KT’s Takeaways - Better Pricing -> Higher Profits

14 Lessons Learned from Casey Brown of Boost Pricing

Recently, Allied Executives and many of our members spent the afternoon with Casey Brown of Boost Pricing.  

Allied Executives' educational workshops (a benefit for our members and their teams) focus on bringing in experts and practitioners who have pragmatic and deep expertise, like Casey, to learn more and explore solutions to critical areas within our businesses. 

Pricing strategy is a topic that comes up often.  For those who were at the event, the takeaways were powerful and immediately implementable.   For those who weren’t there, below are 14 insightful takeaways from the day. 

  • Pricing is the biggest financial lever you own.  You can change it today and impact EBITDA tomorrow.  Nothing else has this sort of immediate impact.
  • Why is that?  Because of what’s called the "pulley effect".  With a 5% net profit, a 1% increase (while holding expenses) in price results in 20% improvement in net profit.   
  • Revenue = Vanity. Profit = Sanity.
  • Pull up a chair and have a pricing meeting.  Make pricing a strategic priority in your business.  Organizations meet and talk about sales and operations relentlessly.  Often one or more meetings per week.  Yet, minimal change or impact occurs in short order.  However, few organizations meet on pricing strategy with any regularity.   
  • Get granular with your pricing.  A price increase doesn’t need to - and shouldn't - happen in big chunks.  An across-the-board price increase can risk volume.  Rather, surgically move price.  Seek the places where your clients place less value, as well, where you add the MOST value/possess strongest differentiation.  Those are your price change opportunities. 
  • We are all price sensitive - but not on everything.  Consumers and buyers are sensitive to price on items we buy frequently or are a large part of our budget (i.e., a gallon of gas, or, in a B2B setting insurance or wages), but not so much on non-frequent purchases or small % of budget items.
  • Therefore, don't extrapolate customer price sensitivity onto your less price sensitive products and services.  Don't ignore opportunities to take a price increase on fringe products and services (i.e., a delivery charge).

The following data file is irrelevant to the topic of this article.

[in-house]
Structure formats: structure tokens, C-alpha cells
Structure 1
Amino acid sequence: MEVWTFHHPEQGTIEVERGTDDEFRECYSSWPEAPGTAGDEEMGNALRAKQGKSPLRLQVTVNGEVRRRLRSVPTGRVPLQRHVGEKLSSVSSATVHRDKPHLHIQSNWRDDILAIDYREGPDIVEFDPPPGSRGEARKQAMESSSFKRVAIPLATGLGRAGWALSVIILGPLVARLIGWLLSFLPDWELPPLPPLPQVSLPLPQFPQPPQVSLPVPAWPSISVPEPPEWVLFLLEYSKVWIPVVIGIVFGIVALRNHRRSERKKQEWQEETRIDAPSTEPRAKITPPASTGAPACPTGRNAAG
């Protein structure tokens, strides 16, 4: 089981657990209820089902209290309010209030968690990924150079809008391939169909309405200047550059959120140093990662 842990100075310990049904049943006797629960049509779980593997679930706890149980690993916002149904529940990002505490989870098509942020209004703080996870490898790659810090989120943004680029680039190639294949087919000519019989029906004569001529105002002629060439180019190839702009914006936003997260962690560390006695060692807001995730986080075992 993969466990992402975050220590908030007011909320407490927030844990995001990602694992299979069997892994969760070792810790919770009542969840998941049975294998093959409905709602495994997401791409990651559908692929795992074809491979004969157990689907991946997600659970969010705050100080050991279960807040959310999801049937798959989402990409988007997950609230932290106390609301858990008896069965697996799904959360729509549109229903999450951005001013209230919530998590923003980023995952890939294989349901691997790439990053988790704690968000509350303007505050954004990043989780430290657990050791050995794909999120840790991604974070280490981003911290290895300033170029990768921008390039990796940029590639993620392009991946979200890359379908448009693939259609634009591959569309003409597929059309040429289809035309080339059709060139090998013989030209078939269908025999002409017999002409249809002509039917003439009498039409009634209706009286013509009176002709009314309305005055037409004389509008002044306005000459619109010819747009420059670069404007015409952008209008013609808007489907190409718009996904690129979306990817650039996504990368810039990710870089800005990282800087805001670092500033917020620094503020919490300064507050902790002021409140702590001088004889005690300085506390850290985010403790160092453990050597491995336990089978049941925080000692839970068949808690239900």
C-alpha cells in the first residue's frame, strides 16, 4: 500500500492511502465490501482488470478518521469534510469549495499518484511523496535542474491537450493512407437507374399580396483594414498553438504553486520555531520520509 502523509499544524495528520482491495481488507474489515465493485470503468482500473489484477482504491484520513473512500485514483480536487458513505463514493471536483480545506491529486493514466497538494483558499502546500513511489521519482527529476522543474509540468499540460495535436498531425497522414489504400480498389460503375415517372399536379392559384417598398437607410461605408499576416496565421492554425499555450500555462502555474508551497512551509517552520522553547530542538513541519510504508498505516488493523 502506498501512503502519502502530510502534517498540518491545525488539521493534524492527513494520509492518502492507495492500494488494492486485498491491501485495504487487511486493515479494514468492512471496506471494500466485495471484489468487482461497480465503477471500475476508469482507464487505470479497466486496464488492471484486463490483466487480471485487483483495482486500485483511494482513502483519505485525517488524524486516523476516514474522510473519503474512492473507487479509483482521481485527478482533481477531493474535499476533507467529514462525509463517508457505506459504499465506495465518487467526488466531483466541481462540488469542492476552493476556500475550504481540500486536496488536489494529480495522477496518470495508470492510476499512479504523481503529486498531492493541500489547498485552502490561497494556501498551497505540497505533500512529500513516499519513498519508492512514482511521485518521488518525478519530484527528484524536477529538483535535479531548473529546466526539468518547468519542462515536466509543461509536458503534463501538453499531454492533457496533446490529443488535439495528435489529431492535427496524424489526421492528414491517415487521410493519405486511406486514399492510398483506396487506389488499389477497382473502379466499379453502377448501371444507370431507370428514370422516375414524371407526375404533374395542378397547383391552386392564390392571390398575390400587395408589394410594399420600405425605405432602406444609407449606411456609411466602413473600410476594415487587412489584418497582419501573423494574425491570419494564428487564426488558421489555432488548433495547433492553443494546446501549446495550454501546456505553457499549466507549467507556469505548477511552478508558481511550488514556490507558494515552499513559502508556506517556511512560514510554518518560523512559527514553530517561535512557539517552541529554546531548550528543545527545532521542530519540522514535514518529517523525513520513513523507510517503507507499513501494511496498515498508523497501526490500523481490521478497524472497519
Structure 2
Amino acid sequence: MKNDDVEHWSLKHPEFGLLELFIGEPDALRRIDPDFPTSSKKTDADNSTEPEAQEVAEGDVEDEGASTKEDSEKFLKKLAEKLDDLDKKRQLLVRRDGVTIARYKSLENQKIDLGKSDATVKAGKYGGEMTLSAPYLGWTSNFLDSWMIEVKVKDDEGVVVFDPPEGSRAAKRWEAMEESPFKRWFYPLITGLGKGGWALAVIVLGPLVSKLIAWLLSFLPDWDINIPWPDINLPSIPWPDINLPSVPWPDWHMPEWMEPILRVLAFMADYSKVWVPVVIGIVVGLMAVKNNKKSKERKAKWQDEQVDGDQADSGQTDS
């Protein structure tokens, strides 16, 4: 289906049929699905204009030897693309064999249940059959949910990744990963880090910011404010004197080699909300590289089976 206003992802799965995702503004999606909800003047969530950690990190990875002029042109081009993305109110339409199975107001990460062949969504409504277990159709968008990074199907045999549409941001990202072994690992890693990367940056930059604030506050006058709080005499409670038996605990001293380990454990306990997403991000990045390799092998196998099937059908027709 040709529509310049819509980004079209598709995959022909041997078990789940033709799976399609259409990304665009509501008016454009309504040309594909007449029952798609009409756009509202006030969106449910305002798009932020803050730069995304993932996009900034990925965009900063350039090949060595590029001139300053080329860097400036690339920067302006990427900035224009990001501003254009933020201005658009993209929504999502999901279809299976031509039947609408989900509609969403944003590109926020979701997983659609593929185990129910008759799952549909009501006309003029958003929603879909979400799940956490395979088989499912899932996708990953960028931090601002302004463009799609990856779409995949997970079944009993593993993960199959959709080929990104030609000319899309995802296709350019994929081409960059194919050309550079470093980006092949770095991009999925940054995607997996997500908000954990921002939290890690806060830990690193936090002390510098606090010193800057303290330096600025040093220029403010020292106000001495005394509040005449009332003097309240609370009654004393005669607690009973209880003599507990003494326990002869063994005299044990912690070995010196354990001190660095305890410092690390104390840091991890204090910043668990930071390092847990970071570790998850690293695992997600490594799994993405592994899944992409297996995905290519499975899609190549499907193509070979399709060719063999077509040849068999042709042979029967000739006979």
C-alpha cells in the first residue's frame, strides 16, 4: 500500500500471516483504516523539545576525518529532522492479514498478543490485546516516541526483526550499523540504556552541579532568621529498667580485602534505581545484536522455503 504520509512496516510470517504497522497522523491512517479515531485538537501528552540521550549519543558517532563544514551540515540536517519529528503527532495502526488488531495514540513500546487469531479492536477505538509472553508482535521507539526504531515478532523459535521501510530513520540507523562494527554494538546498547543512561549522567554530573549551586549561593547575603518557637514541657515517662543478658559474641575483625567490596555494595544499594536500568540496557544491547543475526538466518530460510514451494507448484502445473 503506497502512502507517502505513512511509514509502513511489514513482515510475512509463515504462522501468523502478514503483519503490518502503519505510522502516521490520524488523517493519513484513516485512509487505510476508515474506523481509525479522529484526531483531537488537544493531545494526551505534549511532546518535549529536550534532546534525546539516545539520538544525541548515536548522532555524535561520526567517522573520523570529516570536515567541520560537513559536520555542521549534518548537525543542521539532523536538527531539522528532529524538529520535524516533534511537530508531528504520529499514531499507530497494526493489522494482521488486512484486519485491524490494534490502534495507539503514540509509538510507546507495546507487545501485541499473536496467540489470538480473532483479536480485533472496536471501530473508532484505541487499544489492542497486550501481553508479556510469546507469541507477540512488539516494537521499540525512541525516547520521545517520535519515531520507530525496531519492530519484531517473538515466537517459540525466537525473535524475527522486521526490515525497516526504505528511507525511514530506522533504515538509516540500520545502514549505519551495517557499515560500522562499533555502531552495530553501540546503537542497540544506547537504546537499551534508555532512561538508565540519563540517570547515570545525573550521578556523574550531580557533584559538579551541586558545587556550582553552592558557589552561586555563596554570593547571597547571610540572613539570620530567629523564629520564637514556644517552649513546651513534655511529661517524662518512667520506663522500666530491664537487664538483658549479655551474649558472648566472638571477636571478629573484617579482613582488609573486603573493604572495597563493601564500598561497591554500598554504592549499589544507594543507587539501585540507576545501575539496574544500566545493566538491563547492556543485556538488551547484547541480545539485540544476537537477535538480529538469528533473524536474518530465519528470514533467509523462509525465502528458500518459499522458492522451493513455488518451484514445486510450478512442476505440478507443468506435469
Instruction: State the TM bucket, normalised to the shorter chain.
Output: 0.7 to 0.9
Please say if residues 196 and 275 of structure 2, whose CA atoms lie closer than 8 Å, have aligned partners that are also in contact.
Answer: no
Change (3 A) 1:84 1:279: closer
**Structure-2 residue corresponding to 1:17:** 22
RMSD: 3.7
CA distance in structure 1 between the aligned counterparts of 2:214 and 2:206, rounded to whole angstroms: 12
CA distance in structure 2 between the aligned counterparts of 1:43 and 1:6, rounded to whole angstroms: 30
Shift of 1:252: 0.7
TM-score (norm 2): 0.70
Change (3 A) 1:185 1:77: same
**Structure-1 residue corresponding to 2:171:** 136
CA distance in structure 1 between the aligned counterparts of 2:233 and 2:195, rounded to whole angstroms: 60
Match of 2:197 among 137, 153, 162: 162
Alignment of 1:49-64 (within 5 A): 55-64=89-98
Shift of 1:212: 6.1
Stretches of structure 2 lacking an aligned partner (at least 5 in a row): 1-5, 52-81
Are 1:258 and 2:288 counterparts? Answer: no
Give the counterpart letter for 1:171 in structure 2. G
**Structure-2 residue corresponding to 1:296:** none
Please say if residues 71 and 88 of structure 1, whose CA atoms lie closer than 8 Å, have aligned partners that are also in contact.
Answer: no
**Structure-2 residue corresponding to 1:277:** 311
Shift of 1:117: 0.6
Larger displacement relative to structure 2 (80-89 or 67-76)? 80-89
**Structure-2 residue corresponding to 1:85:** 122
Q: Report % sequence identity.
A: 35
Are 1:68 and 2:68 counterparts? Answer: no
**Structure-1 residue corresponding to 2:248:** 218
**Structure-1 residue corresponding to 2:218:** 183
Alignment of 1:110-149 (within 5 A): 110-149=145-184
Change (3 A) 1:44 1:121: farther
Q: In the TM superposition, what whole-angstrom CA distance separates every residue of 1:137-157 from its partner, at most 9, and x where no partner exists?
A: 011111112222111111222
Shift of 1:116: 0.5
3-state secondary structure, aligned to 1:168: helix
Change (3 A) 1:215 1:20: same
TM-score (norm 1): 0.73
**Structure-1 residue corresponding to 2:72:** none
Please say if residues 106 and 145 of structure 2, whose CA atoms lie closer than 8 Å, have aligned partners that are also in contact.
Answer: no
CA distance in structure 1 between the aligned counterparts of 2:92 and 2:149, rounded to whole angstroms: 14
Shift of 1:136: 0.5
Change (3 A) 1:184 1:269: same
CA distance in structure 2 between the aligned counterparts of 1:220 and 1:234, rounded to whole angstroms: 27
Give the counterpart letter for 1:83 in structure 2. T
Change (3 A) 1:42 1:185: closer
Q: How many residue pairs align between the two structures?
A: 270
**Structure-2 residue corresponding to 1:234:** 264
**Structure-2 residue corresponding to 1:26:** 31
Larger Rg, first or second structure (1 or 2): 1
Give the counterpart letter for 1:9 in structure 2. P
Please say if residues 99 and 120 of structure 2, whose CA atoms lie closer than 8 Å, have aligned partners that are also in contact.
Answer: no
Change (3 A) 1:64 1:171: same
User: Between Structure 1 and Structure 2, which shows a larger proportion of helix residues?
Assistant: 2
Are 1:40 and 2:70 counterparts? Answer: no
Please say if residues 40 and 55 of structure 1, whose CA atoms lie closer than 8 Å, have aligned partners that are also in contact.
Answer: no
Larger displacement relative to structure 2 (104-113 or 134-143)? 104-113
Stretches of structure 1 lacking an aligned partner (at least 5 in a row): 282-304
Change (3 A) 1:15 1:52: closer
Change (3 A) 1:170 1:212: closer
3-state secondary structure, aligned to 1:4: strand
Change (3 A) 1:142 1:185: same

• Don't let your most price sensitive customers dictate your pricing strategy.  Our price sensitivity is created by our customers price sensitivity.
  • On value-based pricing – Crack the code on how you help your customers win.  Solve the problem they don’t know they have.  Become the provider of choice and you can price accordingly and get paid what you are worth.
  • Price-to-Quality Effect – Your price sends a signal.  What signal do you want to send?  There is such a thing as "reassuringly expensive".  Don't be suspicious and cheap.  In every industry there is a provider that is suspicious and cheap.  Your customer knows this also.  
  • Handling pricing objections – We fail at this to a lack of messaging and confidence.  Simple as that.  Know the reasons you are the best choice, teach your people to communicate them, and practice it religiously.  Don't go into battle naked. 
  • If your value proposition isn't strong, or you don't deliver on your promise, then your price will be too high.   Guarantee your delivery, then deliver, and price sensitivity will go away.
  • Buyers trade in our fear and lack of confidence in our products and services.  We sell and discount out of fear of them going somewhere else for what we provide.
  • NEVER reduce your price without reducing the offering.  Unearned discounts break trust.  Something must change with the deal.  Otherwise, you were overcharging from the start.

If pricing strategy is an issue for your firm, I recommend following Casey online to learn more about how she and her team can help you discover your true pricing power.